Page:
Not everyone agrees, though, that White House efforts at obfuscation have been wholly relegated to history. Some cited an August 2003 report by the Environmental Protection Agency's inspector general, which concluded that EPA's 2001 statement that the air around the recently collapsed World Trade Center was safe to breathe was not backed up by actual data but was the result of the White House Council on Environmental Quality having "convinced EPA to add reassuring statements and delete cautionary ones."
Industry vs. former regulators
Of the nearly 200 public comments received by the OMB, several call for even more sweeping changes. But the political dividing lines between supportive letters and others is clear. Supporters include the National Association of Manufacturers, the National Petrochemical and Refiners Association, Ford Motor Co., the American Chemistry Council, the National Stone, Sand and Gravel Association (whose members include regulated mining concerns), and Syngenta, a pesticide company that has been in a public struggle over data suggesting that one of its products may be responsible for major declines in frog populations.
Among those filing criticisms is a group of 20 former federal officials, including prominent former regulators from the administrations of Richard Nixon, Gerald Ford, Jimmy Carter, George H.W. Bush and Bill Clinton. Among them are former labor secretary Robert B. Reich; former EPA administrators Russell Train and Carol M. Browner; heads of the Occupational Safety and Health Administration under Carter and the elder Bush; and Neal Lane, who was director of the National Science Foundation under Clinton and head of the White House Office of Science and Technology Policy.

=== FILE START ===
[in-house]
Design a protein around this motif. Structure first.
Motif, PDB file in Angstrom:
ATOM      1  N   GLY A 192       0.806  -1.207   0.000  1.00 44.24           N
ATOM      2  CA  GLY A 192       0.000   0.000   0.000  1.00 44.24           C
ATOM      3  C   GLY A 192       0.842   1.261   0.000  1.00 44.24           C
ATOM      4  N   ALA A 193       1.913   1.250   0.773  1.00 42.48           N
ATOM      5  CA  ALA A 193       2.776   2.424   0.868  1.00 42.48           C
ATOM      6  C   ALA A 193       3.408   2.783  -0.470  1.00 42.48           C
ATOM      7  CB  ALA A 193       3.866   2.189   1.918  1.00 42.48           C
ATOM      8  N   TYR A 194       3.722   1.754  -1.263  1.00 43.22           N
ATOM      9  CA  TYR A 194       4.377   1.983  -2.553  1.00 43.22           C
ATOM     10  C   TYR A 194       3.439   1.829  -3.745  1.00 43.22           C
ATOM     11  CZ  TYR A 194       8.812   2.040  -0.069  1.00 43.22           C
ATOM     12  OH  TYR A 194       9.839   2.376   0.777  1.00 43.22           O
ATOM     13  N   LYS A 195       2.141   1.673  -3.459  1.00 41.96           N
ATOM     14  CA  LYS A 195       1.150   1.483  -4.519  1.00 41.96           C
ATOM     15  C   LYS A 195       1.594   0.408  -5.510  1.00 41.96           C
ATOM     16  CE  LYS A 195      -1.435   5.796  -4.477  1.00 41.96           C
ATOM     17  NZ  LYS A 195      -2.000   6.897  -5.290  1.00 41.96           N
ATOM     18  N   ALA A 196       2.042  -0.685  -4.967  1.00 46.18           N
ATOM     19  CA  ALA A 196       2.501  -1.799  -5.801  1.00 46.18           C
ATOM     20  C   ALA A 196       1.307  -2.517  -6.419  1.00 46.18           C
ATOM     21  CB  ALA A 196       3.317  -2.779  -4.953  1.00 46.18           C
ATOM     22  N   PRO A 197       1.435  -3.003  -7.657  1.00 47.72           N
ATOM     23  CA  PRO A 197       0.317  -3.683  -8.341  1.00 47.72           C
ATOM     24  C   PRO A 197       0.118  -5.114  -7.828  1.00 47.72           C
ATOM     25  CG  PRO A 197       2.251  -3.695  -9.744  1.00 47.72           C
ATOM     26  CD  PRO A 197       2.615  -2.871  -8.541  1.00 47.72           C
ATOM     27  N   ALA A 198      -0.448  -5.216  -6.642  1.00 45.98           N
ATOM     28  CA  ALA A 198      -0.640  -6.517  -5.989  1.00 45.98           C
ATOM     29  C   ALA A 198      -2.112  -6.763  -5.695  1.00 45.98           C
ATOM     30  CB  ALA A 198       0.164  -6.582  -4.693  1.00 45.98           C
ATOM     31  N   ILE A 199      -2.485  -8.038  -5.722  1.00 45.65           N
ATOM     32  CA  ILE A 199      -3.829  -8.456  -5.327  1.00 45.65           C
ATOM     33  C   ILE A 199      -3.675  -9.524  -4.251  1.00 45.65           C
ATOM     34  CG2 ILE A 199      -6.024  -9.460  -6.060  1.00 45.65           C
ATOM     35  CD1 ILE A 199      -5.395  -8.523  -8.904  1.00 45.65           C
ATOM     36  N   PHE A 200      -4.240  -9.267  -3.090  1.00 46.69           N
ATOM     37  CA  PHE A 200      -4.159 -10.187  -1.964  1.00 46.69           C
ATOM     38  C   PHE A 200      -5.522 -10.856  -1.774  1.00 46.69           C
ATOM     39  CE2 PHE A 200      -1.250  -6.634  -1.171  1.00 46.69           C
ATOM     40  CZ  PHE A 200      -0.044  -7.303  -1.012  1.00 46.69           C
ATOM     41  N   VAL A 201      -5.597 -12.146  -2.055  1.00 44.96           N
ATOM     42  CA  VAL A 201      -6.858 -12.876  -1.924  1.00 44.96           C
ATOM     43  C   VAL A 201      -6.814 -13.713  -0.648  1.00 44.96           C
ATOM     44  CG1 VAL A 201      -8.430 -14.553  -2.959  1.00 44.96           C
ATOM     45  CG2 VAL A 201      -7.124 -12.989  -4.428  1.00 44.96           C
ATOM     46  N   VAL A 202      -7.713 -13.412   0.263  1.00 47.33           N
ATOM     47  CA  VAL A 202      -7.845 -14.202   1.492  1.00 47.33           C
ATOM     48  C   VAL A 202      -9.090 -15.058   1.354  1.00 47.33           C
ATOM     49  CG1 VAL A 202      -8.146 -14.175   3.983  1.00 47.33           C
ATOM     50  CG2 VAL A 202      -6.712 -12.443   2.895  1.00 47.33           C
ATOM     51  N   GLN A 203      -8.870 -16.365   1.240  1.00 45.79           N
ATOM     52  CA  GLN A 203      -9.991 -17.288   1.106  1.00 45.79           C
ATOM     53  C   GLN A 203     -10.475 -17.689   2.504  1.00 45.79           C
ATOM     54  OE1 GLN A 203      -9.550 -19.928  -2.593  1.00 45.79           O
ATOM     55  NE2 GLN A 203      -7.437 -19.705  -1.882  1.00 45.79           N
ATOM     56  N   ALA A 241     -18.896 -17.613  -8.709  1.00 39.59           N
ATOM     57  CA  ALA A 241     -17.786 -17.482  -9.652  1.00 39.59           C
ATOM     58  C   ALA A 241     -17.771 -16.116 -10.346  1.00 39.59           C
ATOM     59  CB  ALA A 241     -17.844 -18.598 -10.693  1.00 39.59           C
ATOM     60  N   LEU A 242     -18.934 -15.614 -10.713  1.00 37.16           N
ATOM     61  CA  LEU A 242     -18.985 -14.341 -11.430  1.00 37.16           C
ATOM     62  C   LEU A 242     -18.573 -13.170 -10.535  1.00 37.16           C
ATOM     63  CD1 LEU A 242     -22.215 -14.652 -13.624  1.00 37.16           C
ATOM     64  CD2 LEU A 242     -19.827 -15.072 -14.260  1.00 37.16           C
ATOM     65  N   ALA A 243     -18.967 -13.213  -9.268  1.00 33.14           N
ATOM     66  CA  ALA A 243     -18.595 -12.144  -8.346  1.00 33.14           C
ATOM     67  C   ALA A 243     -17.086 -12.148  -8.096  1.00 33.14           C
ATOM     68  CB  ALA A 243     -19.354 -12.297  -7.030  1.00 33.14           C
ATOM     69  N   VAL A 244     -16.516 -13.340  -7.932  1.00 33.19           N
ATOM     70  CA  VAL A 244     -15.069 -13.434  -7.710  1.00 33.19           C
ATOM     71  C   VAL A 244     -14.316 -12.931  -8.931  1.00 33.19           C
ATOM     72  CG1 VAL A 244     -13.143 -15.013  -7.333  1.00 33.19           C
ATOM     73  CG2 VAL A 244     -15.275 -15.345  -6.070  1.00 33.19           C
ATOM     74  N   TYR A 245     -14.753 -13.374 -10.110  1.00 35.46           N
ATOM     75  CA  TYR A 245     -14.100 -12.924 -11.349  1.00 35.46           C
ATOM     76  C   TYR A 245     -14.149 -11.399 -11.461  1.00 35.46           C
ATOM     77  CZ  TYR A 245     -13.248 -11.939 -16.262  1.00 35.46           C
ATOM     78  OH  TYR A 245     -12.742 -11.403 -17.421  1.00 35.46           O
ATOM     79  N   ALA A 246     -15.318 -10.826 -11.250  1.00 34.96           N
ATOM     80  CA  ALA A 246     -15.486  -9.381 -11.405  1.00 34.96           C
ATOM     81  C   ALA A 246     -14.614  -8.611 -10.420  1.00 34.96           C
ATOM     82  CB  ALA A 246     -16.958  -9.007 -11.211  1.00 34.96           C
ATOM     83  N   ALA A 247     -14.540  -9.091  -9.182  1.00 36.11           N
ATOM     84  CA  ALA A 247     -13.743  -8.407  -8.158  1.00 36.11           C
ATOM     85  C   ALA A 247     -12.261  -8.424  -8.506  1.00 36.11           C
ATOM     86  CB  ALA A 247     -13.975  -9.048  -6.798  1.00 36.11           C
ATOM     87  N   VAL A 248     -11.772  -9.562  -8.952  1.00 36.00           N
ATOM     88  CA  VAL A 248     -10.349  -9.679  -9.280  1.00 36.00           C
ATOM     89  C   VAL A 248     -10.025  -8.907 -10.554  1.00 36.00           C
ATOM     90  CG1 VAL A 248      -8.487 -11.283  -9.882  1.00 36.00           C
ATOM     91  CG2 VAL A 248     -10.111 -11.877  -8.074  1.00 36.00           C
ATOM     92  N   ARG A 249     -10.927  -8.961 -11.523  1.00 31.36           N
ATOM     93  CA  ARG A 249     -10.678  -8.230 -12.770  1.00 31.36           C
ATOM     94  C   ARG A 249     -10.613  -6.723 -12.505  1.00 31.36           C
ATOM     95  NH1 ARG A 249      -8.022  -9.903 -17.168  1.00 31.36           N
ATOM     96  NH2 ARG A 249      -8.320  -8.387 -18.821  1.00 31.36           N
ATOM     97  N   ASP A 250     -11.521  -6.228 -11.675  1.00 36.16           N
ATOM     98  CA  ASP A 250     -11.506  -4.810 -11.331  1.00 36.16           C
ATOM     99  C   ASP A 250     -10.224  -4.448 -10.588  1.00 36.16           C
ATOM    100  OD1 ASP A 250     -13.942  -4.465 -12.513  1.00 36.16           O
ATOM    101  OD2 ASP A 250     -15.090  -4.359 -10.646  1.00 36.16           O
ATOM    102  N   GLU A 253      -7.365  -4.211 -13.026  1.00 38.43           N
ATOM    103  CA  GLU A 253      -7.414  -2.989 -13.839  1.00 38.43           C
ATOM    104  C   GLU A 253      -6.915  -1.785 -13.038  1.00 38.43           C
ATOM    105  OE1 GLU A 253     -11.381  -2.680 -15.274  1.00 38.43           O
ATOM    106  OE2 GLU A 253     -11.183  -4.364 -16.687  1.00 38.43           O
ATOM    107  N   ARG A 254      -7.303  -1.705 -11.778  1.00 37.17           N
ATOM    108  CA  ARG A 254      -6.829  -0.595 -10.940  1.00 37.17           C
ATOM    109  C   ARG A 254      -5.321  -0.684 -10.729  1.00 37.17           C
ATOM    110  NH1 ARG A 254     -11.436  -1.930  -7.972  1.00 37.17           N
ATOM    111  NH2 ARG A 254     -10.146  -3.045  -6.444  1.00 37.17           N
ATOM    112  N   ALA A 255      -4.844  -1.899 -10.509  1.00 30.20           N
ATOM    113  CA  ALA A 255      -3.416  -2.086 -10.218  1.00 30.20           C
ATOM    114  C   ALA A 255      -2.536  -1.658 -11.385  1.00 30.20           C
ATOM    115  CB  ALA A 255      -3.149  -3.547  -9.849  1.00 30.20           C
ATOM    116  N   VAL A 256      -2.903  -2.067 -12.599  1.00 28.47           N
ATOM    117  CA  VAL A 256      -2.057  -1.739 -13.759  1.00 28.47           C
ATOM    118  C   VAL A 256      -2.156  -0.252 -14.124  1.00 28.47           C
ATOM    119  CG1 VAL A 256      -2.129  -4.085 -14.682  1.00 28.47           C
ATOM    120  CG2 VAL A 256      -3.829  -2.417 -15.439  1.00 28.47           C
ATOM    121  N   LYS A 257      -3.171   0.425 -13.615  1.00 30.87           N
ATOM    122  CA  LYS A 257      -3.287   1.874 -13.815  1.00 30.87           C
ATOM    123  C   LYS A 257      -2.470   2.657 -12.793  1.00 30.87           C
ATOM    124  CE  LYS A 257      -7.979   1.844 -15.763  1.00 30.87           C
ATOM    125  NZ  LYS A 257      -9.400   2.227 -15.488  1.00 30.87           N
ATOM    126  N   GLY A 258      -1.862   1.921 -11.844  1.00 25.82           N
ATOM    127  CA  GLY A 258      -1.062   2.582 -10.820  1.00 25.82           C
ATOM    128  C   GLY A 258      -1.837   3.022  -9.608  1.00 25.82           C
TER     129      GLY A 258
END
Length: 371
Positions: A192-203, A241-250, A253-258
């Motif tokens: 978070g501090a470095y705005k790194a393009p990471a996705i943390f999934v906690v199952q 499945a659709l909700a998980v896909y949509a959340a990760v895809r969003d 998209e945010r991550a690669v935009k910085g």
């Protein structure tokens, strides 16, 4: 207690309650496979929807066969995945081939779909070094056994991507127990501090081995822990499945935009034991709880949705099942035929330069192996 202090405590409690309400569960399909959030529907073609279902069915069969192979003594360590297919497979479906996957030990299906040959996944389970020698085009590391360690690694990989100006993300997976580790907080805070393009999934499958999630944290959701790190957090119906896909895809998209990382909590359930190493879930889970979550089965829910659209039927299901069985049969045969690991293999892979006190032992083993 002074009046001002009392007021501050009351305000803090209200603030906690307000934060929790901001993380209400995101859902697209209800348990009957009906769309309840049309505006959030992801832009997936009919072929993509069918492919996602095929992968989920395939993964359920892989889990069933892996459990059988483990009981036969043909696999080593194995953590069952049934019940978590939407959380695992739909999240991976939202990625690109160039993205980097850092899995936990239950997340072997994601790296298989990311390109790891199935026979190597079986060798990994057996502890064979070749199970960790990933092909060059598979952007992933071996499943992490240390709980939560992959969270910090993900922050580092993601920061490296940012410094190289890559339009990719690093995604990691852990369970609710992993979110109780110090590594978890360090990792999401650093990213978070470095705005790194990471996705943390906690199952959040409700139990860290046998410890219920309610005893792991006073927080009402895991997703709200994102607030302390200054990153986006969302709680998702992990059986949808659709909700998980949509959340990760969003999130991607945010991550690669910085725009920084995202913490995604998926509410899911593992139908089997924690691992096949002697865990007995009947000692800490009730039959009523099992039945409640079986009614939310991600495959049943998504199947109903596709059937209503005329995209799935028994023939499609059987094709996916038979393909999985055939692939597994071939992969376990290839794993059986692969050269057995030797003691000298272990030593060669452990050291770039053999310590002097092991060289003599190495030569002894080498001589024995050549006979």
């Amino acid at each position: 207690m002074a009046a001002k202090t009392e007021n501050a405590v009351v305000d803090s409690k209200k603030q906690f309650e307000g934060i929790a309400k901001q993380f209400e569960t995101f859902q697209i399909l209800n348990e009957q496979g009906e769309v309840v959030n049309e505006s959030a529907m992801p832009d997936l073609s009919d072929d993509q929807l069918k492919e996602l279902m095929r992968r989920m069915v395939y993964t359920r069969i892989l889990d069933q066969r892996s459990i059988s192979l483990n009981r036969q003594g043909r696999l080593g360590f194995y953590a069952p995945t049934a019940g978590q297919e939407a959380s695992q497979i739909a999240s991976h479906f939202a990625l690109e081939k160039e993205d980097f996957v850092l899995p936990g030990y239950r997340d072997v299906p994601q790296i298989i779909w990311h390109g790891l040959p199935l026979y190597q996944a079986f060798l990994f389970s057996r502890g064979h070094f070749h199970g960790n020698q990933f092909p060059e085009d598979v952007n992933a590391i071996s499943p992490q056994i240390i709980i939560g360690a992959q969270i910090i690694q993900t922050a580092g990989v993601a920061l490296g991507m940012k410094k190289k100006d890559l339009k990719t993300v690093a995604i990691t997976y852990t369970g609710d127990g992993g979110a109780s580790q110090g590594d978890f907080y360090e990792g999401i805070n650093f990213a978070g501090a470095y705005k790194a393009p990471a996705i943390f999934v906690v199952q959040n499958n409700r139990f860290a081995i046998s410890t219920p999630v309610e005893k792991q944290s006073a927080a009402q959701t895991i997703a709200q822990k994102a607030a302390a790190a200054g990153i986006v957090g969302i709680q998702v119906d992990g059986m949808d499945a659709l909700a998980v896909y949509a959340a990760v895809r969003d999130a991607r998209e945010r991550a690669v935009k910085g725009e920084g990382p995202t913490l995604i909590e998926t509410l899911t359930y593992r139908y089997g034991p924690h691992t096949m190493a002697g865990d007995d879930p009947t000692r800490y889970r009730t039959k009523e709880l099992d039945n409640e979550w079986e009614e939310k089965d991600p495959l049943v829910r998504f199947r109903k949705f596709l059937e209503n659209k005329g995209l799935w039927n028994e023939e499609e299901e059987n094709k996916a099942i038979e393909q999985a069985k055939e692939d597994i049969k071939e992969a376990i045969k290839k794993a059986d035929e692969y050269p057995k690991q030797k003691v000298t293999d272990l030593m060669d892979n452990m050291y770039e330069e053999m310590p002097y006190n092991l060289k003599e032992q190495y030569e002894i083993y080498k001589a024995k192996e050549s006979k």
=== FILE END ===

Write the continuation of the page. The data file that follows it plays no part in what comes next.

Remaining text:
Their letter urges the OMB to withdraw its proposal.
One interesting question raised by the new debate, experts said, is whether peer review standards for public policy should be stiffer or more lax than those applied to the publication of results in journals.
An administration official said it makes sense to raise the bar of proof when a rule is going to affect consumers, workers and businesses. By contrast, Harvard science professor Sheila Jasanoff wrote to the OMB that although research science seeks absolute truths, regulatory science should realistically settle for "serviceable truths."